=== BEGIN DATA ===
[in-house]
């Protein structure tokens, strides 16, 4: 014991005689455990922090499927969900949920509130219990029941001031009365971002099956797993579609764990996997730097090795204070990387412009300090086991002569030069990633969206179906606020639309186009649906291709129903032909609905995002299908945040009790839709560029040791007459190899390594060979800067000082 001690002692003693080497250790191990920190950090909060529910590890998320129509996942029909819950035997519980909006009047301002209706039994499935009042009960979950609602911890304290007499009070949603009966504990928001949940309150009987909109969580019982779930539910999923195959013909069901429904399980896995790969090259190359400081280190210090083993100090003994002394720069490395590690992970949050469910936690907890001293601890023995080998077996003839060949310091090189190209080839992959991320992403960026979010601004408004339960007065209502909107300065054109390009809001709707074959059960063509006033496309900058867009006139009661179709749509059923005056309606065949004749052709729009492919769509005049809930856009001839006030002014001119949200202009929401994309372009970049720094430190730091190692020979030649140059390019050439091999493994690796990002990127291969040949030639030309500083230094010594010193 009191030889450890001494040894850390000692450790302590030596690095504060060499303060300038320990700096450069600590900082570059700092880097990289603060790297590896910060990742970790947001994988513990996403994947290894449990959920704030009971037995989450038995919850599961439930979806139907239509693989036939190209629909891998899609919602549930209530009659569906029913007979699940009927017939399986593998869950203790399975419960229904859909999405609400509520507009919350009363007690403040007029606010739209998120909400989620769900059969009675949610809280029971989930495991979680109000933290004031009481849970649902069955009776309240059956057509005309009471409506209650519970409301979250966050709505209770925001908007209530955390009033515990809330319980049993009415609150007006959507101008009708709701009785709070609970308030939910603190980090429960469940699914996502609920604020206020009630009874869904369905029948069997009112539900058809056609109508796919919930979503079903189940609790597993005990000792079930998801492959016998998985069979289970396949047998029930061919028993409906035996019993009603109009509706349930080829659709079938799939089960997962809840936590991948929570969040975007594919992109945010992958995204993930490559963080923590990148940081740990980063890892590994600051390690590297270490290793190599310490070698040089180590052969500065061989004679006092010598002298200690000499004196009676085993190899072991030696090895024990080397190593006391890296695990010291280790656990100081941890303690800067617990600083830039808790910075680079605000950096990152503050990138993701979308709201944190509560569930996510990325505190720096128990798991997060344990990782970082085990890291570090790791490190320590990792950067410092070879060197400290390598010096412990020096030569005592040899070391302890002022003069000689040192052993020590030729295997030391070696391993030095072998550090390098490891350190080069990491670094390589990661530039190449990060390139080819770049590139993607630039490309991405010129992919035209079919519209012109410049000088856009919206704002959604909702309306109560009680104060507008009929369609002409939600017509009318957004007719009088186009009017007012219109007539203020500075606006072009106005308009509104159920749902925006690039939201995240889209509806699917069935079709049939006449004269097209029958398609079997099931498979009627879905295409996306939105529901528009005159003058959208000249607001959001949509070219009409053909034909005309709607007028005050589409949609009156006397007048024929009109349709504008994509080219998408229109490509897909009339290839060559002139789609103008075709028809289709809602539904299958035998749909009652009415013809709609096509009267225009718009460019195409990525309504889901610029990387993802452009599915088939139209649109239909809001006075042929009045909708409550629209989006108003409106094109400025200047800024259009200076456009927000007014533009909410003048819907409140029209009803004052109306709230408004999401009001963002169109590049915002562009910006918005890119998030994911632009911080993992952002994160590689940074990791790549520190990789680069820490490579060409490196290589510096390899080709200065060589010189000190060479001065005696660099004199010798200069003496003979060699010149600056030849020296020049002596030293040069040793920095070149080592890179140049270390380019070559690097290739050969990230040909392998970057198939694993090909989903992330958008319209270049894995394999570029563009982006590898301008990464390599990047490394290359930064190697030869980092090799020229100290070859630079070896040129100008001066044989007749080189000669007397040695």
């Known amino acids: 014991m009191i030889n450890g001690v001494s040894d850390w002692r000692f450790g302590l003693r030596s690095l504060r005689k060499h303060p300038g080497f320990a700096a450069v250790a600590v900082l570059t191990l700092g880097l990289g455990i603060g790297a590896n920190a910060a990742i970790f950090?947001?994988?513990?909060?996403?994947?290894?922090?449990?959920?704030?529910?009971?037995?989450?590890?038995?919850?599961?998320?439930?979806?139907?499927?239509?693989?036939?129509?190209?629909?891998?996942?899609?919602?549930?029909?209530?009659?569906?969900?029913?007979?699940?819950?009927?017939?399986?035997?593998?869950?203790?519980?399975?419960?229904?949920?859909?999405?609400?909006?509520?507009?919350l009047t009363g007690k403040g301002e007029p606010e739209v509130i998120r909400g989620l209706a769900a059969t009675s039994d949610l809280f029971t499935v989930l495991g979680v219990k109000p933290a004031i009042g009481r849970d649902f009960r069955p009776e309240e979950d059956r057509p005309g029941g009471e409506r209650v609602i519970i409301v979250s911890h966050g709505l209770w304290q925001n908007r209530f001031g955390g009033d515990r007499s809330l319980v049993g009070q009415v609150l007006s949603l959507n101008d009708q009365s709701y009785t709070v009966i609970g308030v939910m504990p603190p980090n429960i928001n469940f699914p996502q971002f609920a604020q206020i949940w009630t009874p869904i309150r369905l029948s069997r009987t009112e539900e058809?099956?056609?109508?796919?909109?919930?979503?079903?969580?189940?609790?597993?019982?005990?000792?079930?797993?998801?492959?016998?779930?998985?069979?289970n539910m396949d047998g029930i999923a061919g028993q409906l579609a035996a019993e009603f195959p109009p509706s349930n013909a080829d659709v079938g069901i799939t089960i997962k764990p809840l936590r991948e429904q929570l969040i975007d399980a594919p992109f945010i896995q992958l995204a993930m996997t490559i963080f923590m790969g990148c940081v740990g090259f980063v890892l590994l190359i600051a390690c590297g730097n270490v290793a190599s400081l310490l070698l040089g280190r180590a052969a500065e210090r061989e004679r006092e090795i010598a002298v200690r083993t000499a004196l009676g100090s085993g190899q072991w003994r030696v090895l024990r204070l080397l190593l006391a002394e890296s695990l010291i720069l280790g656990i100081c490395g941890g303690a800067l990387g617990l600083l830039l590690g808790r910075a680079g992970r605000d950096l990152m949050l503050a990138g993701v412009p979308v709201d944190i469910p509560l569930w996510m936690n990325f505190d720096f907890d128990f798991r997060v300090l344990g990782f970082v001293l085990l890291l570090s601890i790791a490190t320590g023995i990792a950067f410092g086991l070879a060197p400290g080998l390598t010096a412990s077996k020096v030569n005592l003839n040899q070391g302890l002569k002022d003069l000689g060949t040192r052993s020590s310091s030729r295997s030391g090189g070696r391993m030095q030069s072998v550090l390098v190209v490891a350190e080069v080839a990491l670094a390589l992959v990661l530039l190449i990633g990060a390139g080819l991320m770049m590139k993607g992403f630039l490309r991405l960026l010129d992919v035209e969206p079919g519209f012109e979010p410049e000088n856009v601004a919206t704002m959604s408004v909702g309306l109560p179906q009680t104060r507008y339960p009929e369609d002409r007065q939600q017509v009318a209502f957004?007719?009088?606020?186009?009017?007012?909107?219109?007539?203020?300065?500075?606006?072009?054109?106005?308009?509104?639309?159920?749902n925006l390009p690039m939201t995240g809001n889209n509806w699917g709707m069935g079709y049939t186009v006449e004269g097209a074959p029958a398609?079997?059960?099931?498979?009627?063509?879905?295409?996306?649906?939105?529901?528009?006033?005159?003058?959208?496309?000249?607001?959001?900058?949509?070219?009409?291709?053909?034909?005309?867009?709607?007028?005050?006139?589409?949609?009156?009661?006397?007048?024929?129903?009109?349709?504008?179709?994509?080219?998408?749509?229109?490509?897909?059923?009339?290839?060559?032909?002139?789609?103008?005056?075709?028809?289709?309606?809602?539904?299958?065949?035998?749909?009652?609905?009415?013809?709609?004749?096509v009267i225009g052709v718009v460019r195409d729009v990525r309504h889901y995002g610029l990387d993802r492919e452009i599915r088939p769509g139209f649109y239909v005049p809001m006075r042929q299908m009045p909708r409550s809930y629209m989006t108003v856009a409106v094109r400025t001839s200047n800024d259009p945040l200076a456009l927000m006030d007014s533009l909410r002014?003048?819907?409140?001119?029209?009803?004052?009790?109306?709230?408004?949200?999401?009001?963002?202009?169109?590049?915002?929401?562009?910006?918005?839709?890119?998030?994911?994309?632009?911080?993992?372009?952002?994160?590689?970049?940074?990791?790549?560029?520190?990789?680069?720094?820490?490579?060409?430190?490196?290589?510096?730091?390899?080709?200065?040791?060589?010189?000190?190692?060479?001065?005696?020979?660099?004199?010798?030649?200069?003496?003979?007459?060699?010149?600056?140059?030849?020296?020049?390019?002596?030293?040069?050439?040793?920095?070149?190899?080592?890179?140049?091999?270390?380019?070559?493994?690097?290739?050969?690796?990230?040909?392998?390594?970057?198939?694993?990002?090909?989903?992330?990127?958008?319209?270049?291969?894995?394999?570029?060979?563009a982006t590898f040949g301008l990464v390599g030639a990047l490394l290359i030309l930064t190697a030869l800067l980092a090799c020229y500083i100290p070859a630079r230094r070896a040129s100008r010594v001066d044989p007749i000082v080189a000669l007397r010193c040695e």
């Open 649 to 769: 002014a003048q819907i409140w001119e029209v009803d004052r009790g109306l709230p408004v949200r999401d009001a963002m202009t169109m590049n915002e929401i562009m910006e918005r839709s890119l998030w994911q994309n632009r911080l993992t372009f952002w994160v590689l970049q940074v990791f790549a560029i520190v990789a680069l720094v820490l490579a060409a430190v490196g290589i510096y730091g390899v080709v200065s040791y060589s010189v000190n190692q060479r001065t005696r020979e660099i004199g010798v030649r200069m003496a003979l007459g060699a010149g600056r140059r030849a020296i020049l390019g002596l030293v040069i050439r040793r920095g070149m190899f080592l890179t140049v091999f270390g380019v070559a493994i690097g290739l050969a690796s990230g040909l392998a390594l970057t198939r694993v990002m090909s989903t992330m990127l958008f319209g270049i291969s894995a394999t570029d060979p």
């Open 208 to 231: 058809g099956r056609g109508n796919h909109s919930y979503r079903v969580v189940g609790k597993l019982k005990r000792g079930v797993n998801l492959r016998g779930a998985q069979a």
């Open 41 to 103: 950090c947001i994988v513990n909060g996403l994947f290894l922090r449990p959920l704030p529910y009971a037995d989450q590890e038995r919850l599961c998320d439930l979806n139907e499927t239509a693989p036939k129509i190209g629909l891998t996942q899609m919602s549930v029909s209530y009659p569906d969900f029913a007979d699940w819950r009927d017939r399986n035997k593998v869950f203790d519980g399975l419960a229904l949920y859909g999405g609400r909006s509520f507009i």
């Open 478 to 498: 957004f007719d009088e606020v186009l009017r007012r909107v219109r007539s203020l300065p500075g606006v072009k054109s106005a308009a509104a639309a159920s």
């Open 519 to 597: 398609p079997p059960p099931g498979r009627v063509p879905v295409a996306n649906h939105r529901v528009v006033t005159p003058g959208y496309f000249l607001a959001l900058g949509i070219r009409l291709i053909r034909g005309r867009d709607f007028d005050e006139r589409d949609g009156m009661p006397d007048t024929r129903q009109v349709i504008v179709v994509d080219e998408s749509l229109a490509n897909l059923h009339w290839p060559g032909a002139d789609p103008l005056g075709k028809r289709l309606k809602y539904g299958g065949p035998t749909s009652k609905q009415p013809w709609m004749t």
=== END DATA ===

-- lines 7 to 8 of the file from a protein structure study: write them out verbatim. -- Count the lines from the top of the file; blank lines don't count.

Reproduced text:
């Open 478 to 498: 957004f007719d009088e606020v186009l009017r007012r909107v219109r007539s203020l300065p500075g606006v072009k054109s106005a308009a509104a639309a159920s």
């Open 519 to 597: 398609p079997p059960p099931g498979r009627v063509p879905v295409a996306n649906h939105r529901v528009v006033t005159p003058g959208y496309f000249l607001a959001l900058g949509i070219r009409l291709i053909r034909g005309r867009d709607f007028d005050e006139r589409d949609g009156m009661p006397d007048t024929r129903q009109v349709i504008v179709v994509d080219e998408s749509l229109a490509n897909l059923h009339w290839p060559g032909a002139d789609p103008l005056g075709k028809r289709l309606k809602y539904g299958g065949p035998t749909s009652k609905q009415p013809w709609m004749t």